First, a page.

Rabbids: Alive & Kicking is the sixth game from Ubisoft’s Raving Rabbids franchise, originally a spin off from the Rayman series of games (keep an eye on the site for our review of Rayman Origins, coming soon). This is the party game’s first Kinect title, a change from the Rabbids normal home: the Wii. Alive & Kicking is purely a collection of mini-games, you won’t even find the semblance of a story mode – although there is a very vague attempt at an introductory plot. This doesn’t really matter though as the main idea behind the title is just to have some stupid fun. And so I did!
I roped my housemate in to help me try out a variety of mini-games. The two main modes here are “Quick Play” and “Party Play”; the only difference between them is the latter gives you some sort of competitive goal to work towards — although you will need at least three players to give this ago. Got more than a few people over at your place? There’s support for up to 16 players in Party Play! There’s a nice variety of activities playable as a single player, 1v1, 1v1v1, as well as 2-player and 4-player co-operative, depending on the mini-game and your assortment of friends.
Most of the 20+ mini-games are able to explain what to do with only a short sentence. The beauty of Kinect is that you literally just have to act out what it wants you to do. The back cover of Rabbids indicates “activity level: active” and you should take note. Some of these have you frantically running, twisting, galloping and swimming with an intensity that I was surprised by! You will need a fair bit of room to crack out some of the mini-games: the space I have allocated for Kinect at the moment needed to be increased. You’ll also want to get rid of anything behind you; the games that have you playing on the floor do not interact well with couches, I found.
Although you can’t expect every game in one of these mini-game bonanzas to be brilliant, there’s some that had the potential to be good, but were just plain old broken by having to play them with Kinect. In the same sort of vein, I found the menu navigation difficult to use and was opting for the controller to navigate nine times out of ten.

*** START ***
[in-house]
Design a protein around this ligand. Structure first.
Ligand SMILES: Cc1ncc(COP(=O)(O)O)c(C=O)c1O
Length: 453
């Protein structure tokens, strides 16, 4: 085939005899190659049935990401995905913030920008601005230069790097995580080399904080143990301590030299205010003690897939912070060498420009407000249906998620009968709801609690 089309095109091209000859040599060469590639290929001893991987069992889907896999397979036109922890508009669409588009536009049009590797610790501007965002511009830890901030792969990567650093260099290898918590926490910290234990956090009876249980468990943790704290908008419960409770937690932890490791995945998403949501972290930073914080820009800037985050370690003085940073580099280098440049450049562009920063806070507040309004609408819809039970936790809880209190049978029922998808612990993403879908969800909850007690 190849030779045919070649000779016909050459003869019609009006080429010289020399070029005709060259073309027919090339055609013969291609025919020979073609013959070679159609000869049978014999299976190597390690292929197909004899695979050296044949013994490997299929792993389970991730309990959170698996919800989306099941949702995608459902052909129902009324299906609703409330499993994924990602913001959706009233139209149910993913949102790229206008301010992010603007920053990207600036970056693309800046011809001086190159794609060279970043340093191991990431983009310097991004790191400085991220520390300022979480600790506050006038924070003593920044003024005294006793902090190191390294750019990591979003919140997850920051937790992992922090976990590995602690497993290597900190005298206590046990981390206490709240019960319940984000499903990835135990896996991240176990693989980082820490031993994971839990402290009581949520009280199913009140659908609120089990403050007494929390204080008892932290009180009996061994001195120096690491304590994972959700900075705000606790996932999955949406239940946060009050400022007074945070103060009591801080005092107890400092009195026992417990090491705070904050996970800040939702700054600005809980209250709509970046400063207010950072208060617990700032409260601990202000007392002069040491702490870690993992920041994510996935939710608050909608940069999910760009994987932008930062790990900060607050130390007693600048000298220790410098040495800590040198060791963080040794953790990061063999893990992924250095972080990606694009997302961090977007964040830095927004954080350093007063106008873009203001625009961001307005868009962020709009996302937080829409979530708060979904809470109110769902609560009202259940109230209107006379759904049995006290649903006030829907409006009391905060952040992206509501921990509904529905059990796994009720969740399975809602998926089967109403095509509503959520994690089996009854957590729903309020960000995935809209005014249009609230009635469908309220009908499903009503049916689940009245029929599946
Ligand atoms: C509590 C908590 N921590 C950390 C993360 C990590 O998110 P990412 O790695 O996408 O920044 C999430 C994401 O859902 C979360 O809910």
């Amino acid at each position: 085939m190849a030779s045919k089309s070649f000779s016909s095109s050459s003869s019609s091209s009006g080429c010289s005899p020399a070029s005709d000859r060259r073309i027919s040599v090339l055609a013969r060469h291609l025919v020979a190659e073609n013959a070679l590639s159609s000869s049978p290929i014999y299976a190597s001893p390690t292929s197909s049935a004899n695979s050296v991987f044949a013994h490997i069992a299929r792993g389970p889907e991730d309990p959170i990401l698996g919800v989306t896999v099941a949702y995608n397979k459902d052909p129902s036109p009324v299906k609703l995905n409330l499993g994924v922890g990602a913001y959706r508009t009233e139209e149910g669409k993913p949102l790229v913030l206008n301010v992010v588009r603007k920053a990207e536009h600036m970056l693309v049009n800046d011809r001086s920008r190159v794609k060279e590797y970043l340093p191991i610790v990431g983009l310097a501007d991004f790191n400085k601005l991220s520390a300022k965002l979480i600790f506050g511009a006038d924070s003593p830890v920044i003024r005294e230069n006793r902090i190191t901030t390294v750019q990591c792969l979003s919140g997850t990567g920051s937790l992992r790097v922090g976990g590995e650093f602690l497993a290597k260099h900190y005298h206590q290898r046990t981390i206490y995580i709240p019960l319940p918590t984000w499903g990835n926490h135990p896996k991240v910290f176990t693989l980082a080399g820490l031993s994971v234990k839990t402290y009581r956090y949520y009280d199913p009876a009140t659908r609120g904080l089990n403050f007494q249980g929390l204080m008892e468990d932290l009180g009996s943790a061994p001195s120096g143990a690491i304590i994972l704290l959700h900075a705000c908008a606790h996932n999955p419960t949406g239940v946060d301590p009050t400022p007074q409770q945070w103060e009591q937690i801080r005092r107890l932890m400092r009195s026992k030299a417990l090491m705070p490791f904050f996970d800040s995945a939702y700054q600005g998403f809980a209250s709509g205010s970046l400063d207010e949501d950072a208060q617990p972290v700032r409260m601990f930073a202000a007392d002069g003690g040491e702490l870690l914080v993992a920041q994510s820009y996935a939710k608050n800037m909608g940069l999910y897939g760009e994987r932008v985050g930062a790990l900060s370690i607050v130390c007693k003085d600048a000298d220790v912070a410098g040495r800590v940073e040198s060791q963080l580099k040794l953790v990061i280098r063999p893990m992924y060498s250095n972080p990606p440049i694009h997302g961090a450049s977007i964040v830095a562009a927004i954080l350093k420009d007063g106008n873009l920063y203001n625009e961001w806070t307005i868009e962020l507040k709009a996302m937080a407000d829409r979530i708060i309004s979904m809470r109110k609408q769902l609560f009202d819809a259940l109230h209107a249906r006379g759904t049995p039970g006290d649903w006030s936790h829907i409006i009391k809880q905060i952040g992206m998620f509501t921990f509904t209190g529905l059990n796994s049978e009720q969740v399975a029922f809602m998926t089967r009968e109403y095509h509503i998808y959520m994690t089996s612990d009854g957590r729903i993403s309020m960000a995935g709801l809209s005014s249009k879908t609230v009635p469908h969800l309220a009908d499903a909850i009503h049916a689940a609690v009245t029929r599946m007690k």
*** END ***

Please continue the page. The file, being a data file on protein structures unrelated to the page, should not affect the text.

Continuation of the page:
The other game mode is “My Raving Rabbid” where a couple of people can interact with an augmented reality Rabbid who comes to life in your living room. Basically, you can smack it about a bit and buy some extra items using the in-game currency you’ve won from the mini-games. Honestly, I didn’t find it all that inspiring and suffered from perpective issues when trying to connect with the on-screen Rabbid.
Something that I thought would have been a given with this sort of game would be the ability to sign in more than one Xbox LIVE account. This is not the case however, with only one player allowed to rack up the achievements and game progress while everyone else participating is resigned to helping them out. As a gaming household, I found this pretty unforgivable. Also inexcusable are the waiting times at the start of each game. This is a party game, and I don’t want to be standing around waiting for 15 seconds to play a game that’s going to take me 20-30 to complete.
Regardless of the mini-games which are broken and/or annoying, there’s enough here to get a few hours of fun out of Rabbids: Alive & Kicking. I imagine that the whole thing would go down a lot better with a younger audience, and I’d recommend this as a party game for kids in a market that’s really lacking in decent titles — particularly for the Kinect.